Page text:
The belief in the efficacy of prunes to ward off bad luck is an old and time-honored one. This belief happens to have very good physiological reasons, as the juices are just acid enough to clear the throat, but it is as a charm and not as a medicine that the prune is regarded with esteem in the operatic world. Frieda Hempel believes in the efficacy of prunes, but the charming soprano has a more powerful charm, for nothing can harm her so long as she fastens all her ornaments on the left side. So you will see Miss Hempel with her furs fastened on the left shoulder and her flowers worn on the left side, and when she is appearing in a new production or beginning a journey she invariably starts the journey toward the stage or railway station on her left foot.
Mabel Garrison has a lucky ring, a gift from her husband, without which she never appears on the stage. Also Miss Garrison knows that one leaves the door open to all sorts of unfortunate happenings if one does not put on the right stocking first, on arising in the morning.
No Brooches for Anna Case
Anna Case has no faith in the efficacy of donning an especial bit of apparel first, but she is firm in her determination not to accept a pin, knife or anything else sharp as a gift. It is bad luck, the lovely singer believes, and besides, it “cuts friendship.” So, when any of her friends wish to present Miss Case with a bit of jewelry they have to avoid brooches. And you must not open an umbrella in Miss Case’s home, nor lay a closed one on the bed; such procedure courts illness. On the other hand, she has no faith in the bad luck of peacock feathers, and to prove it is wearing a peacock gown this year that she says has brought all sorts of good luck with it—one might say, in its train.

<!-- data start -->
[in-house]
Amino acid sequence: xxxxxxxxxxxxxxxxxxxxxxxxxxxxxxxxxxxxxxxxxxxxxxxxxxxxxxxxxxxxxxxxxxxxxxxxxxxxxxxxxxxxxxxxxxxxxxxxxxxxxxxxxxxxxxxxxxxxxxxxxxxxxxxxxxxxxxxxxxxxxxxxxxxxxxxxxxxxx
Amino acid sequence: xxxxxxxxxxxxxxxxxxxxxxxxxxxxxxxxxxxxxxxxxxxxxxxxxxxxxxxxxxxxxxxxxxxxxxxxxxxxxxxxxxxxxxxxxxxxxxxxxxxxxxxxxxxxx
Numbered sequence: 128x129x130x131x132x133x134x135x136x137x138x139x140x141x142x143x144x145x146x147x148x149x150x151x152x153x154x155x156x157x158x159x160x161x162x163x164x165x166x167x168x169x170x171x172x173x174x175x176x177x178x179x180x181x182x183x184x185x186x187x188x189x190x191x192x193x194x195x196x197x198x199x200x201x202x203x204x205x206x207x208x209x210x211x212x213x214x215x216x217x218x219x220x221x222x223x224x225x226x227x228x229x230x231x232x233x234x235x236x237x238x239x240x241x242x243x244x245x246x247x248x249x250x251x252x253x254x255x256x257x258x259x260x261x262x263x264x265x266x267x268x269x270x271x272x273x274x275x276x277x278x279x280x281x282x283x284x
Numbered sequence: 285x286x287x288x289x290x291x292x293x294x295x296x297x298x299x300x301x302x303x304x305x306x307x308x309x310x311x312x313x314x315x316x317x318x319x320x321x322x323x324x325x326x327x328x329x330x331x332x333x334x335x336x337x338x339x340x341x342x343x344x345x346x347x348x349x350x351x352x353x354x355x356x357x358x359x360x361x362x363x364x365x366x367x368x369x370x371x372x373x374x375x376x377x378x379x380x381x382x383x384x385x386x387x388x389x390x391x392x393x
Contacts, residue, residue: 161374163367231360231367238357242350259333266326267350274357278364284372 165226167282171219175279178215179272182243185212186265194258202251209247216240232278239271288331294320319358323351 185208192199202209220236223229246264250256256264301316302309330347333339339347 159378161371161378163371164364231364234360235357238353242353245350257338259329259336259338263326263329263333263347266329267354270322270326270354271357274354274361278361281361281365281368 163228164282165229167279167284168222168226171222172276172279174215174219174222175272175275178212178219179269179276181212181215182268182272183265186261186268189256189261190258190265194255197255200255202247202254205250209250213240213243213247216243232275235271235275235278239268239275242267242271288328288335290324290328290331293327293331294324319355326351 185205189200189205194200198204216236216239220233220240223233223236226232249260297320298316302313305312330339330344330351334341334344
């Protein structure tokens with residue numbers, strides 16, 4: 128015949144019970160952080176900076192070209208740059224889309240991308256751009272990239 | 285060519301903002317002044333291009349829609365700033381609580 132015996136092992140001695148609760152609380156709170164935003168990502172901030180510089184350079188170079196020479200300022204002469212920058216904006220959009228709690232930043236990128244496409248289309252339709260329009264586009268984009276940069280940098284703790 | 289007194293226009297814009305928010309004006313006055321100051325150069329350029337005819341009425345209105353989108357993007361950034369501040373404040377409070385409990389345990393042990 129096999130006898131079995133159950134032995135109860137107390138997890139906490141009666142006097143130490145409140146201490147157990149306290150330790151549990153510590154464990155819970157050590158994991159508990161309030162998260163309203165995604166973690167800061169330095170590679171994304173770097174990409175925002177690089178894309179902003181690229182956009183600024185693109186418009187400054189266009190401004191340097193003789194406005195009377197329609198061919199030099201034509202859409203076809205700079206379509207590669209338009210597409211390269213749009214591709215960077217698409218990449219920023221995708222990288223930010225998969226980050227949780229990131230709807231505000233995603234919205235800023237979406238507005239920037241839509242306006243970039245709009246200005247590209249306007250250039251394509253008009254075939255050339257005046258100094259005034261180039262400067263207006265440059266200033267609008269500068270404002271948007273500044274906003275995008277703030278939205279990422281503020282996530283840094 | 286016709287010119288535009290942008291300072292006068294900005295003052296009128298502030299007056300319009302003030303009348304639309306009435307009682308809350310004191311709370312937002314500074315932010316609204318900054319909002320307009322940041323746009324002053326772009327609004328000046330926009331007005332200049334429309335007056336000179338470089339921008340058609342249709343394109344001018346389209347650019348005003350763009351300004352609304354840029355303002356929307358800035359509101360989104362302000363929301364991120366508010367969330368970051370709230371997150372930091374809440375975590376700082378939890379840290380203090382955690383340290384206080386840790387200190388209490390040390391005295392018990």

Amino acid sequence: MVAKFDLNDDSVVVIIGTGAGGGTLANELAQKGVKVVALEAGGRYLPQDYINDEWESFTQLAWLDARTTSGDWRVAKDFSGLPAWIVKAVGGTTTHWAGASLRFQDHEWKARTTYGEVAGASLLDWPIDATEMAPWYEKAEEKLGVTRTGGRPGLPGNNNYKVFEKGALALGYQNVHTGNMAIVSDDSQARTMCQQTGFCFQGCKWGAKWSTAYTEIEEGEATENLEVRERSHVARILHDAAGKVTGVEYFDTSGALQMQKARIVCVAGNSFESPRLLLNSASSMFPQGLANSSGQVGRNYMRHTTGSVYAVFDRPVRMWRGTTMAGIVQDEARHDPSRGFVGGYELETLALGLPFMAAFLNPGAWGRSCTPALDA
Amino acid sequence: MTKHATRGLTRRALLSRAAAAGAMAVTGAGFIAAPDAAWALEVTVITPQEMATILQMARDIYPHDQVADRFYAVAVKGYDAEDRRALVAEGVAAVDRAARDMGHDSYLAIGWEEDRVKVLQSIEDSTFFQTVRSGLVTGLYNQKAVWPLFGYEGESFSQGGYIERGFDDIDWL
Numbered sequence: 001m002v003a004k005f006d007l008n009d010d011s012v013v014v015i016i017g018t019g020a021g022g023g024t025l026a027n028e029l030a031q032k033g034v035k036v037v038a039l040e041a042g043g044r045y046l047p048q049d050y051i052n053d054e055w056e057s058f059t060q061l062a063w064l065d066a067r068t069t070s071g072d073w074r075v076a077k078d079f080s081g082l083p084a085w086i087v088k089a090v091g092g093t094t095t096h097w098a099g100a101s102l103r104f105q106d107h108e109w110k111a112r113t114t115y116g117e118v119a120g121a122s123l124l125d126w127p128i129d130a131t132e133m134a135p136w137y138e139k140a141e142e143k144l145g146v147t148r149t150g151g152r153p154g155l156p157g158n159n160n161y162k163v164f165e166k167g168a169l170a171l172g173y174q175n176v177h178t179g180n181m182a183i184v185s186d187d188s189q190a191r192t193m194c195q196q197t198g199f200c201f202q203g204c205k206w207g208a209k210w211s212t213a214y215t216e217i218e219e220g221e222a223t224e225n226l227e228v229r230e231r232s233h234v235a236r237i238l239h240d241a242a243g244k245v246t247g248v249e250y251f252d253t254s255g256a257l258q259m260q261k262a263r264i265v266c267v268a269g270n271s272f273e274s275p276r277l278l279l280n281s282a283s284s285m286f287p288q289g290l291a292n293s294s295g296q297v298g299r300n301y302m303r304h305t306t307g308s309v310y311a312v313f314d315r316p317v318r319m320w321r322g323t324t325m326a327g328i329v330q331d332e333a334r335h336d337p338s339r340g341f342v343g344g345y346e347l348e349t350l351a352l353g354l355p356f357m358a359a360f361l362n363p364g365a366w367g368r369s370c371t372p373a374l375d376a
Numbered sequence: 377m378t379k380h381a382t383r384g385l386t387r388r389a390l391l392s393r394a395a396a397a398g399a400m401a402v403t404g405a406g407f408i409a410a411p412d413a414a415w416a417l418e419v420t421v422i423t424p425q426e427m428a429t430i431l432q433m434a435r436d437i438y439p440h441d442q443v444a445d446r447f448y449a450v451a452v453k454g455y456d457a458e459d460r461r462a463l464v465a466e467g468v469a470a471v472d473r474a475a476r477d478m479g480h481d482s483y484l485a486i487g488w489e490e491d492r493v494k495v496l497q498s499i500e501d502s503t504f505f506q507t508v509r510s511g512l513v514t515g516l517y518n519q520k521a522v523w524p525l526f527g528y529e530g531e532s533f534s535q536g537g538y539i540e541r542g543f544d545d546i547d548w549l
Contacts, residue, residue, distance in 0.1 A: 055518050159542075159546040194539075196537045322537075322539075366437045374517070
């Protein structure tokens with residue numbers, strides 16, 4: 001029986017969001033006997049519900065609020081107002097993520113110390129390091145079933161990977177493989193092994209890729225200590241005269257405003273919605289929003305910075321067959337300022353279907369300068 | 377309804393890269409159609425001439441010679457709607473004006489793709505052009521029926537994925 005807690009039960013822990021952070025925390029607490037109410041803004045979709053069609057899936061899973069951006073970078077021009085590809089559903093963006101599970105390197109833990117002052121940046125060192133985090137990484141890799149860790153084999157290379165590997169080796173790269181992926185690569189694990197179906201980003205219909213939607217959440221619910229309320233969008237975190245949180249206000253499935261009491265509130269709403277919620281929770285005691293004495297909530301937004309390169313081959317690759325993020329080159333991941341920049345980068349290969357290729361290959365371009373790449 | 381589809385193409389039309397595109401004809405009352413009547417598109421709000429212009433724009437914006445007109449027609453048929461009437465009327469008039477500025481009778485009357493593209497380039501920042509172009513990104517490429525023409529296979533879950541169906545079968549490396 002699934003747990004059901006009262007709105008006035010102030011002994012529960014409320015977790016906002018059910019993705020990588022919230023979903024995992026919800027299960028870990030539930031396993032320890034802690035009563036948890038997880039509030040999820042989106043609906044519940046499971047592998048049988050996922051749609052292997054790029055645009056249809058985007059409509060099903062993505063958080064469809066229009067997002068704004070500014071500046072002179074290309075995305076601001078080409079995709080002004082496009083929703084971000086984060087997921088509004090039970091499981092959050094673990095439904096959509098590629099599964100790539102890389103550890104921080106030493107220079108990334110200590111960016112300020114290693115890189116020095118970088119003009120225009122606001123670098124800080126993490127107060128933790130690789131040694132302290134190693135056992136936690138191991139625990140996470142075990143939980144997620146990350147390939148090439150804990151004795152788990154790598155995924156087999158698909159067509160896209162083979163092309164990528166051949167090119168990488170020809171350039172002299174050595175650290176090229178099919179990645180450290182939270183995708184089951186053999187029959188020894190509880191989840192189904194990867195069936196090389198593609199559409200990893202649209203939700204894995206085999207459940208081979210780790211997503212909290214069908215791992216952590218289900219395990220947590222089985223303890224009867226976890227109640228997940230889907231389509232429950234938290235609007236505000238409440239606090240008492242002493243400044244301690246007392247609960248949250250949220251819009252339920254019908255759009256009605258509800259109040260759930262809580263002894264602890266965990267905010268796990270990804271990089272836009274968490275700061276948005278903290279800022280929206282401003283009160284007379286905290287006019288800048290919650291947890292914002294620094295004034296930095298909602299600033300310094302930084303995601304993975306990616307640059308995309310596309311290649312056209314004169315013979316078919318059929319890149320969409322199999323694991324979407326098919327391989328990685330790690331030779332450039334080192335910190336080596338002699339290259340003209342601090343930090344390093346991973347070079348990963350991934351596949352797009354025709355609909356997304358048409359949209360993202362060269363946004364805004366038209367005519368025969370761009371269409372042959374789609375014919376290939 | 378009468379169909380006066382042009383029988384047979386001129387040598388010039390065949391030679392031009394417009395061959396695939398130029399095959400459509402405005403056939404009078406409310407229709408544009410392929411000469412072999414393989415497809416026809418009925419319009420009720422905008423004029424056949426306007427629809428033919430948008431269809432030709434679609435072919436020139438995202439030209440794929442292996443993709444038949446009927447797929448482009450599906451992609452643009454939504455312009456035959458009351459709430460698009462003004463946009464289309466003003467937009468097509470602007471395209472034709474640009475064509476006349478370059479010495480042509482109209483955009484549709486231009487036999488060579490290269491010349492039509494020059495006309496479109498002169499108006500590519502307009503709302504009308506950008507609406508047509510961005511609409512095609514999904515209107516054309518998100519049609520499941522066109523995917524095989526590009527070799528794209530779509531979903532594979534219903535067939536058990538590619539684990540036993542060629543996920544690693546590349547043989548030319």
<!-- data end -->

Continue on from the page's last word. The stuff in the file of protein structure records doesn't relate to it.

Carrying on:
But all other harbingers of good fortune pale into insignificance beside the good luck that follows touching a hunchback. Someone found a hunchback and took him back of the stage at the Metropolitan one evening when a new opera was being produced. No, I can’t tell you the name of the opera for that would dispel the luck, but every singer who took part and who touched the hunchback has been going up and up the ladder ever since. If any hunchback wants attentions bestowed on him that a king—or a carpenter or any other magnate—might envy let him frequent the stage door at the opera on the night of a “new venture. Also, he may have the magic power that the librettist and the composer frequently lack.